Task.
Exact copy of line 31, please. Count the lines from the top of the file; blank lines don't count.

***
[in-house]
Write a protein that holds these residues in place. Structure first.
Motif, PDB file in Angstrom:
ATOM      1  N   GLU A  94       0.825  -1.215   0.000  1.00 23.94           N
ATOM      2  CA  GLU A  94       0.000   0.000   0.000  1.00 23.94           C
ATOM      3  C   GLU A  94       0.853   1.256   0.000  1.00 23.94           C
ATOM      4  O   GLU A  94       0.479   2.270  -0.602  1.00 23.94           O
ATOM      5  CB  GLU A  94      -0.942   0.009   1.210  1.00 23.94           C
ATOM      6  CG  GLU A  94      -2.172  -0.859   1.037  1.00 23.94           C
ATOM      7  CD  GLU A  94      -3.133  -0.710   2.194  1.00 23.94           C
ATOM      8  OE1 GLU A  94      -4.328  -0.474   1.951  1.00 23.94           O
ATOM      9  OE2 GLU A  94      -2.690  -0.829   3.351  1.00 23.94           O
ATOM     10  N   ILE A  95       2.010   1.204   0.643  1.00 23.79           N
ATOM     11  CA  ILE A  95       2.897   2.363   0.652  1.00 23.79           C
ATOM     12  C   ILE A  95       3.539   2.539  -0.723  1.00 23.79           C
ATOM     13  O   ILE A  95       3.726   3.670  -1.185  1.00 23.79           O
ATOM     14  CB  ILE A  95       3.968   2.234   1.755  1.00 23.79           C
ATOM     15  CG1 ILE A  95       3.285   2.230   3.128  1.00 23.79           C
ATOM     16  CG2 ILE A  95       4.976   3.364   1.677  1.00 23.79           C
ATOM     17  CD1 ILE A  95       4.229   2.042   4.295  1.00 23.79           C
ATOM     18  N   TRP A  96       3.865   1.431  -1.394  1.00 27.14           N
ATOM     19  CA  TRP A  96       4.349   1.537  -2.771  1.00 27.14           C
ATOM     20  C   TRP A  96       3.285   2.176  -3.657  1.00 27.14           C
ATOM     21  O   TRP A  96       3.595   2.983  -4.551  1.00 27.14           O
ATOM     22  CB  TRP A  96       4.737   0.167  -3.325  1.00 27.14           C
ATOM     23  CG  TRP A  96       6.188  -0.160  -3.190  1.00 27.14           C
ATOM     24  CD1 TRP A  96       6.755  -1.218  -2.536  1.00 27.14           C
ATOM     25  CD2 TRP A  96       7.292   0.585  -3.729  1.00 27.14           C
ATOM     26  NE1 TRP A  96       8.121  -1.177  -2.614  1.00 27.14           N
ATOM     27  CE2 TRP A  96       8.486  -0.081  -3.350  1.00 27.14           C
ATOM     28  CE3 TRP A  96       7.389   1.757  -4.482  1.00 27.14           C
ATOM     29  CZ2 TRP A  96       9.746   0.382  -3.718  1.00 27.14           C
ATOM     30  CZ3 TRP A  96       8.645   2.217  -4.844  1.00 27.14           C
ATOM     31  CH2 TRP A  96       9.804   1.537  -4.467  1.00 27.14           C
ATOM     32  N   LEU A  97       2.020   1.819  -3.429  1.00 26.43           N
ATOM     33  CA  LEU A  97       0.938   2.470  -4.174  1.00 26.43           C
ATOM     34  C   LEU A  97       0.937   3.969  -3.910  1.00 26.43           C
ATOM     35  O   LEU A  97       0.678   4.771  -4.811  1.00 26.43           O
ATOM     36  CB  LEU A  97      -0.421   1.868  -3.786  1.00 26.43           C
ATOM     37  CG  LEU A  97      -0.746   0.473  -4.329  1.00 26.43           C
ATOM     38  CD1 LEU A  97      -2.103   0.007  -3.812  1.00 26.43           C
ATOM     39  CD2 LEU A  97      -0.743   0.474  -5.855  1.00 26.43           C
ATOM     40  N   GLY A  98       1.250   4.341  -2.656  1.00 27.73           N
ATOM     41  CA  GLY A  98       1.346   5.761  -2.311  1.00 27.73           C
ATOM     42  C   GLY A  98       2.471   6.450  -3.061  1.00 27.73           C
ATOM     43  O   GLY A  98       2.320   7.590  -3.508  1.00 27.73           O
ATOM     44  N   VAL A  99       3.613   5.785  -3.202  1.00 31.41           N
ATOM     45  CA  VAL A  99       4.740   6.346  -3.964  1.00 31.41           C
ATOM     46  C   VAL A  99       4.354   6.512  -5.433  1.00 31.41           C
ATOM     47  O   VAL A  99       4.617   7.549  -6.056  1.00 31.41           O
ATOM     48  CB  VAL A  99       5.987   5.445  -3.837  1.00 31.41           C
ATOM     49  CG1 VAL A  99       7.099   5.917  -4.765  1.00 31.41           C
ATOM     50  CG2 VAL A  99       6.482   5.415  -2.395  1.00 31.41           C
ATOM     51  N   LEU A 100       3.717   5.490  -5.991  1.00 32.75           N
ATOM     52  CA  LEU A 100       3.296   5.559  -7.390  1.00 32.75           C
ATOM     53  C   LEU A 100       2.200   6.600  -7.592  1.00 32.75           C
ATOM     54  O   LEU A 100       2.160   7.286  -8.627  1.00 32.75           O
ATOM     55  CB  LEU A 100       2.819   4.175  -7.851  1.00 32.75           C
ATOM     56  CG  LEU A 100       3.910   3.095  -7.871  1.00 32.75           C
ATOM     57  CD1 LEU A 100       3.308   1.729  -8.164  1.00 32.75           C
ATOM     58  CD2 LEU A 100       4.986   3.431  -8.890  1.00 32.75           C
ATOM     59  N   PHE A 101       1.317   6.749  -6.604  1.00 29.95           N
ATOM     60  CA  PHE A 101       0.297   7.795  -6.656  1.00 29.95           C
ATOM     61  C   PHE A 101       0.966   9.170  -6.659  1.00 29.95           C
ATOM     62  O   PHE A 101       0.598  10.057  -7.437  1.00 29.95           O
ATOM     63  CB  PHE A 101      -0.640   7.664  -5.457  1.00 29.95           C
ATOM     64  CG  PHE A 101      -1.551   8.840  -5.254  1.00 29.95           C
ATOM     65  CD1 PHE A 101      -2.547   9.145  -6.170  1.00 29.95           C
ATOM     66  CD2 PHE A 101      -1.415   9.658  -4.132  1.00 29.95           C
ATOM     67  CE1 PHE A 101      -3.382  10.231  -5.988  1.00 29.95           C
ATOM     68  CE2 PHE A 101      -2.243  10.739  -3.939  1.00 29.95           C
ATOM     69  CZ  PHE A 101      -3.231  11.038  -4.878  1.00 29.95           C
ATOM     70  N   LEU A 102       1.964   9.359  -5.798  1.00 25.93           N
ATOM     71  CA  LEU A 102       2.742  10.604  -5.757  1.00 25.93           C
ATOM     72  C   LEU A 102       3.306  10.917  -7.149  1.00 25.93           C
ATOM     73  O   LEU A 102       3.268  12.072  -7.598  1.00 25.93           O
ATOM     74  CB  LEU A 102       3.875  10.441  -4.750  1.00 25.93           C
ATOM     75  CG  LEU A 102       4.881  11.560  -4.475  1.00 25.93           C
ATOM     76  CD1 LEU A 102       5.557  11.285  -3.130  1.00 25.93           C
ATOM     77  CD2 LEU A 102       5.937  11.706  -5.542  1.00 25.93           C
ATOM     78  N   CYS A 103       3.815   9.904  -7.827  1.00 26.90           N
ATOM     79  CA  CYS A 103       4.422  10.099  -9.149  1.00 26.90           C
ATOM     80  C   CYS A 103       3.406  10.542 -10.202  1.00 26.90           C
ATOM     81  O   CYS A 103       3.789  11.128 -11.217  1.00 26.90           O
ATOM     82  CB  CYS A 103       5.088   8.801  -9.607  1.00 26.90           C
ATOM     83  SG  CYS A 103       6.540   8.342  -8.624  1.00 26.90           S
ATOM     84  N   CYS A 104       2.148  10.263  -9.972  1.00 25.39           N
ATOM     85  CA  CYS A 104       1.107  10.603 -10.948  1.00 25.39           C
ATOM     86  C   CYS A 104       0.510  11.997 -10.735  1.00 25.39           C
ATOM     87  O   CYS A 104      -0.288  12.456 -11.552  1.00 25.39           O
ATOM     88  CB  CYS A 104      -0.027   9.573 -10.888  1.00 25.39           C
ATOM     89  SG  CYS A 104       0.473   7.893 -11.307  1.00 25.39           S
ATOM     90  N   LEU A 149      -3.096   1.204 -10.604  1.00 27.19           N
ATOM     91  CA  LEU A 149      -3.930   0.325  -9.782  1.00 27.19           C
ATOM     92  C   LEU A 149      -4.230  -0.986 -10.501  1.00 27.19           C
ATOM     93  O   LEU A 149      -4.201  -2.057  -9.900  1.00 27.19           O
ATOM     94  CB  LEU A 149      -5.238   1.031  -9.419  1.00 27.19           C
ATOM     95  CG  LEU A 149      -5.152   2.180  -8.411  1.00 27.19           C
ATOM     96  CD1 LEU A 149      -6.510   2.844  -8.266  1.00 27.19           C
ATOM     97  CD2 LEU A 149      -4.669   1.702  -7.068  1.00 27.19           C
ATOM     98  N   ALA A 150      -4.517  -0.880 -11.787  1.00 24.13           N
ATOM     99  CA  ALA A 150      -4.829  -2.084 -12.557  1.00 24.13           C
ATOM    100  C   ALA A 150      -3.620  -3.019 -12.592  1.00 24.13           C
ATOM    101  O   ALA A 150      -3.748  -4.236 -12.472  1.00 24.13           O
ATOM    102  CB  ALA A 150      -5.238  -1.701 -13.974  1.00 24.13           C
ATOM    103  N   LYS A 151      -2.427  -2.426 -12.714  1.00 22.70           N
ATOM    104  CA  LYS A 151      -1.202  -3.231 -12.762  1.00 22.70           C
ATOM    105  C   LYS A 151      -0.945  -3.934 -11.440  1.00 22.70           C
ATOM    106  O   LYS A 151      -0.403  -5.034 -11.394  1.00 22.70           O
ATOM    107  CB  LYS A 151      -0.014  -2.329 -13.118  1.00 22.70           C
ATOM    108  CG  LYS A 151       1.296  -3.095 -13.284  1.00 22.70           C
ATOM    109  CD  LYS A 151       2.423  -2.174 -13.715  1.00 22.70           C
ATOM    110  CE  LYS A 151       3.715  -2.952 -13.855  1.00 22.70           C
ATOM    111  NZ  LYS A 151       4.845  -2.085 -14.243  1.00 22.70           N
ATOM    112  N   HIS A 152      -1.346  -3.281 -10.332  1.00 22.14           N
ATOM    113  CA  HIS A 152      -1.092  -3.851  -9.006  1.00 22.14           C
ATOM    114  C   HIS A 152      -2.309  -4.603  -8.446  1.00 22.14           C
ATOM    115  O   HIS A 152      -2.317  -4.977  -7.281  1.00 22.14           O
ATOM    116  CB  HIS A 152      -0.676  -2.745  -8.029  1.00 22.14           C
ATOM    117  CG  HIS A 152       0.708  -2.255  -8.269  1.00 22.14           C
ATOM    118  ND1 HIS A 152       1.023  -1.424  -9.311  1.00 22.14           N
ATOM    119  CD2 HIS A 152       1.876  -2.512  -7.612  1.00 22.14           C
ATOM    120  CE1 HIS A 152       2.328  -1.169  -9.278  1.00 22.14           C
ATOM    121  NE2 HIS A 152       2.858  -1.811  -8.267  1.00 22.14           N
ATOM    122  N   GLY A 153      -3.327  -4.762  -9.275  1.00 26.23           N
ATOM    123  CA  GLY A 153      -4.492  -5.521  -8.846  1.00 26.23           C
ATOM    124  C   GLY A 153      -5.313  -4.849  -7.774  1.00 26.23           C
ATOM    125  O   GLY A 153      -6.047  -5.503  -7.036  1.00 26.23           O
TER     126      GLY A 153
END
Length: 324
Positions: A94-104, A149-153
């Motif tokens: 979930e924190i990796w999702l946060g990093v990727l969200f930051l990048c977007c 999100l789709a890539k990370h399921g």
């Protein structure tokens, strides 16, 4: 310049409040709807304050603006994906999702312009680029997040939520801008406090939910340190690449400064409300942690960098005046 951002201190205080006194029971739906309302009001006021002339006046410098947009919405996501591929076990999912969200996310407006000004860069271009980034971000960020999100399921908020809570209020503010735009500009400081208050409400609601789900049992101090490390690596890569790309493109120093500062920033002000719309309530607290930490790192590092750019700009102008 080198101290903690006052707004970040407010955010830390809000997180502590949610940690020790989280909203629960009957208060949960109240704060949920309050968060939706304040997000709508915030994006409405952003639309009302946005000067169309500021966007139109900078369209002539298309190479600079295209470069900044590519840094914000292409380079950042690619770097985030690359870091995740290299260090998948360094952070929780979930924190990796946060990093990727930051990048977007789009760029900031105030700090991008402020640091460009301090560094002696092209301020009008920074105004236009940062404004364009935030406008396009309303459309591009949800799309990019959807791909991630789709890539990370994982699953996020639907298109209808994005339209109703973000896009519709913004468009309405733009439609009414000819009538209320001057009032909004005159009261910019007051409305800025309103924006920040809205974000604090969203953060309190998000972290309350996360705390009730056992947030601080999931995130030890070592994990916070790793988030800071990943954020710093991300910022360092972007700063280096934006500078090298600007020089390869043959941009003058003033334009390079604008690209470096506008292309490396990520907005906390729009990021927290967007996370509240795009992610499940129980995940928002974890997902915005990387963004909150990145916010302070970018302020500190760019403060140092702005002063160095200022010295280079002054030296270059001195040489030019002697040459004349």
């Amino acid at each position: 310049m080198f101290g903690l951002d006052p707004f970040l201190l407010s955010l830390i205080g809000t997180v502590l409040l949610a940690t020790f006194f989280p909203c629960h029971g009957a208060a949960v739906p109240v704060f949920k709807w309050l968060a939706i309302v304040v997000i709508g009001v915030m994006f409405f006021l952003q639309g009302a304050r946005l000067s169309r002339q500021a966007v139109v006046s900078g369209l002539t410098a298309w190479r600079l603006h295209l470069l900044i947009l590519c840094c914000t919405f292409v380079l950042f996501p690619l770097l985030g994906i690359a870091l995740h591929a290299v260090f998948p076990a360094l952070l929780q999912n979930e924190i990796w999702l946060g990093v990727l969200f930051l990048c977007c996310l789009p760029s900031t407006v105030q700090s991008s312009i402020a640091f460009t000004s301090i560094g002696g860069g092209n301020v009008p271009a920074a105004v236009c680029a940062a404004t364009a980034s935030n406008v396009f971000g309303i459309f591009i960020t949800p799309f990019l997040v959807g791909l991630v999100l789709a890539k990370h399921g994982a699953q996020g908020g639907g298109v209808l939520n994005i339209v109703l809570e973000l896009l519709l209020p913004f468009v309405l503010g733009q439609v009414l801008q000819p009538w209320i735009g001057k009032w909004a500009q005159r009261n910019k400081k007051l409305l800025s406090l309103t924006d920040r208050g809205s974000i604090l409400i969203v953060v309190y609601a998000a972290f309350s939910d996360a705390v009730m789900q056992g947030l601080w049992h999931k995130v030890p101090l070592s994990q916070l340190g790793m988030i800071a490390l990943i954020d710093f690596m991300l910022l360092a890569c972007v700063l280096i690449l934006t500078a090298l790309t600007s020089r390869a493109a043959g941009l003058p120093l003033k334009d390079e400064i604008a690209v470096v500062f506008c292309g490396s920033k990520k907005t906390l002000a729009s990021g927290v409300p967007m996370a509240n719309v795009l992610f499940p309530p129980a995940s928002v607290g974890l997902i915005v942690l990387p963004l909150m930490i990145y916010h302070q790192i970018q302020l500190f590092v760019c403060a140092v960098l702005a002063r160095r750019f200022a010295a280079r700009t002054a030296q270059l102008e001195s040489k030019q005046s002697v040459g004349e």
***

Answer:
ATOM     28  CE3 TRP A  96       7.389   1.757  -4.482  1.00 27.14           C